Despite the popularity of the 4th of July festivities, attendance rates continue to worry Burnham and bank investors. Building costs exceed the estimates, and 100,000 visitors per day are needed for a profit. The bankers want the Fair directors to appoint a Retrenchment Committee to cut costs, including layoffs and axing committees. Burnham believes bankers will doom the Fair. The railroads must reduce fares to Chicago, and Millet needs to creatively boost attendance. Everything seems impossible.
Holmes takes Anna on a tour of his hotel. He asks her to retrieve a document for him in the walk-in vault. He locks her inside and listens as she pounds and begins to suffocate. She believes it is an accident and he will return at any moment.
Holmes contemplates his options and relishes his power; he could save Anna’s life if he wanted to. He could look in and smile so she knows he intentionally trapped her. He could flood the vault with gas and kill her quickly. Anna’s screams and pleading fulfill him sexually. After she quiets, he releases the gas. Holmes returns to Minnie and tells her Anna is waiting for them at the hotel.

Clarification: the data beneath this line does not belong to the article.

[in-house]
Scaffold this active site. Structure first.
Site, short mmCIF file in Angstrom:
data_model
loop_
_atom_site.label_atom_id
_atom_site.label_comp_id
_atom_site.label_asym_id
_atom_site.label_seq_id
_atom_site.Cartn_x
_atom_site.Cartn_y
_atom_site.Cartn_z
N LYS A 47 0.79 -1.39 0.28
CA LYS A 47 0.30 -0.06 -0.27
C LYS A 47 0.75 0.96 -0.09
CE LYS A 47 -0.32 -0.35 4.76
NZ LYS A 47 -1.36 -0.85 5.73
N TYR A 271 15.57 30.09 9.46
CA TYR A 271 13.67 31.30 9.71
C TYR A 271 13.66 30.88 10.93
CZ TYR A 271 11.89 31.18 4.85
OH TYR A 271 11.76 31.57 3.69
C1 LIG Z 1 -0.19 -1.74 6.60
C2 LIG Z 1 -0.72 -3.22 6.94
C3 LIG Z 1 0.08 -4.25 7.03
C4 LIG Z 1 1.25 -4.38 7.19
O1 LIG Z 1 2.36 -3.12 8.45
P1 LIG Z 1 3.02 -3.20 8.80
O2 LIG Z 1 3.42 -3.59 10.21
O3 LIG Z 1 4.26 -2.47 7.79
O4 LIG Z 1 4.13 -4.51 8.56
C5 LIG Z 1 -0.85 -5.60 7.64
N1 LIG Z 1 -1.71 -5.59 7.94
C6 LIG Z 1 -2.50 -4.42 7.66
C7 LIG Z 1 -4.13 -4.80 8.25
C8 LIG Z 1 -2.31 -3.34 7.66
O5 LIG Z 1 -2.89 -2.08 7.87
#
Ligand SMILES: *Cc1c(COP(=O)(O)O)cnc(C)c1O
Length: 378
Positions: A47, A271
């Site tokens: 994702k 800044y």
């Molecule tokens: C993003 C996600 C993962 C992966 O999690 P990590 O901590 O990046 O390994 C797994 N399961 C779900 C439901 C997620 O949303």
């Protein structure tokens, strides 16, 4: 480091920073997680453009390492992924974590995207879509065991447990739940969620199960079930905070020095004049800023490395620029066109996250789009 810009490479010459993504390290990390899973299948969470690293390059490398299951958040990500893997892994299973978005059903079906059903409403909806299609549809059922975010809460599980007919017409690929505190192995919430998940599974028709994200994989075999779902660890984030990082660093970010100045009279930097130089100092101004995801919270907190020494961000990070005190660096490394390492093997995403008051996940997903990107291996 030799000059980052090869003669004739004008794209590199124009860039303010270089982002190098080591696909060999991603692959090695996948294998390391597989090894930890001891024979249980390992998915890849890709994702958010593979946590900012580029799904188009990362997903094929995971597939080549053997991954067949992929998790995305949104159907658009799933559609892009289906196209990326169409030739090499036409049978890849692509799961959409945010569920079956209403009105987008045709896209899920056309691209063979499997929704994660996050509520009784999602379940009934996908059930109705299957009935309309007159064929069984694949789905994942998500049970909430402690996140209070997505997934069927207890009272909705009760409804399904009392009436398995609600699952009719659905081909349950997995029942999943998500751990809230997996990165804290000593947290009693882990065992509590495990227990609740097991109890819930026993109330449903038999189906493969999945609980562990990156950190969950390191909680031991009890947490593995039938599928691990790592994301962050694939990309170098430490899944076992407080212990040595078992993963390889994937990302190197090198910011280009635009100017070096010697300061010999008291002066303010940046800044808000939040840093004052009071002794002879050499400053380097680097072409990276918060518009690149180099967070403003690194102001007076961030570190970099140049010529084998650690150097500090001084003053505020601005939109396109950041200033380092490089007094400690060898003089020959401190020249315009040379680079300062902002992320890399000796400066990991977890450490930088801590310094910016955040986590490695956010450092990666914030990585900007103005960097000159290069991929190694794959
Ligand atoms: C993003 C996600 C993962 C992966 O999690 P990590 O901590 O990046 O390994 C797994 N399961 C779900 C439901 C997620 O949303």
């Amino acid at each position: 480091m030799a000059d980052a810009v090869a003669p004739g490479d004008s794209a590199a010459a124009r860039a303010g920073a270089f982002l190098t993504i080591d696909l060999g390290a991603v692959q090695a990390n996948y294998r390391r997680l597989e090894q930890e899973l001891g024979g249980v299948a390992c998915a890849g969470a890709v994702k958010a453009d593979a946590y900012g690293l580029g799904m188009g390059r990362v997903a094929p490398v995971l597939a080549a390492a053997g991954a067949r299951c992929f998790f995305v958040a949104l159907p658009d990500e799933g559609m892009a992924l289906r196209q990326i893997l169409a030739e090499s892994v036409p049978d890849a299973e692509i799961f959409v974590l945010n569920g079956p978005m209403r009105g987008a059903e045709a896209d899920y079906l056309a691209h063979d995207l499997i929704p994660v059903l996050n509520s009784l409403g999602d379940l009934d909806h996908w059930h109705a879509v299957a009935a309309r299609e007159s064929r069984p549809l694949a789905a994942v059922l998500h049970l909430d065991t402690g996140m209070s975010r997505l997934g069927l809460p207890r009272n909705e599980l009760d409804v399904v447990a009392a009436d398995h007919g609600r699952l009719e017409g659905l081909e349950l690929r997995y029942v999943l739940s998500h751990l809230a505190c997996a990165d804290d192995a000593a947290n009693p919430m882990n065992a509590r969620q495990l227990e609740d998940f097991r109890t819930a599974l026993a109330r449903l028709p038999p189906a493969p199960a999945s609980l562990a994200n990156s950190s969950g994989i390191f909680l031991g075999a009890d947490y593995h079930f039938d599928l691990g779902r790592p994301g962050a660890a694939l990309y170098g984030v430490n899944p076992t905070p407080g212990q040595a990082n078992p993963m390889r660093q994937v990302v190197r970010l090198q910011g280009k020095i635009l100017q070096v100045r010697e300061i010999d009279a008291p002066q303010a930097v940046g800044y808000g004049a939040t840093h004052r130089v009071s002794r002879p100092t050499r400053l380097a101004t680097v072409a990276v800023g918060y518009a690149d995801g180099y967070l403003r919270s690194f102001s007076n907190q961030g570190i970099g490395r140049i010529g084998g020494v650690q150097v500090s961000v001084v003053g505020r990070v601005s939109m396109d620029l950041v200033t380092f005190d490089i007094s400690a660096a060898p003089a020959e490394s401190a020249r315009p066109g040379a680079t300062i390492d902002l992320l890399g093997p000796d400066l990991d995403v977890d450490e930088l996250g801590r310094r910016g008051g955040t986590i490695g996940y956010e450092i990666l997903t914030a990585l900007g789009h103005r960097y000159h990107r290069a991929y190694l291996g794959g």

Two days later, the Okers, the landlords, receive a letter saying Holmes no longer needs the apartment. Anna’s trunk arrives from Texas but cannot be delivered, so it remains in the station.
At night, Holmes calls a furniture mover, Cephas Humphrey. Humphrey moves a trunk and a rectangular box with the “dimensions of a coffin.” Holmes gives Pitezel clothes from “his cousin Minnie” for his wife, and gives Quinlan two trunks labeled MRW.
Tragedy strikes. On July 9th, a strong storm gathers. The wind shreds a hot air balloon on the Midway, damages glass panes and roofs, and capsizes an electric boat. However, the Ferris wheel continues to operate perfectly.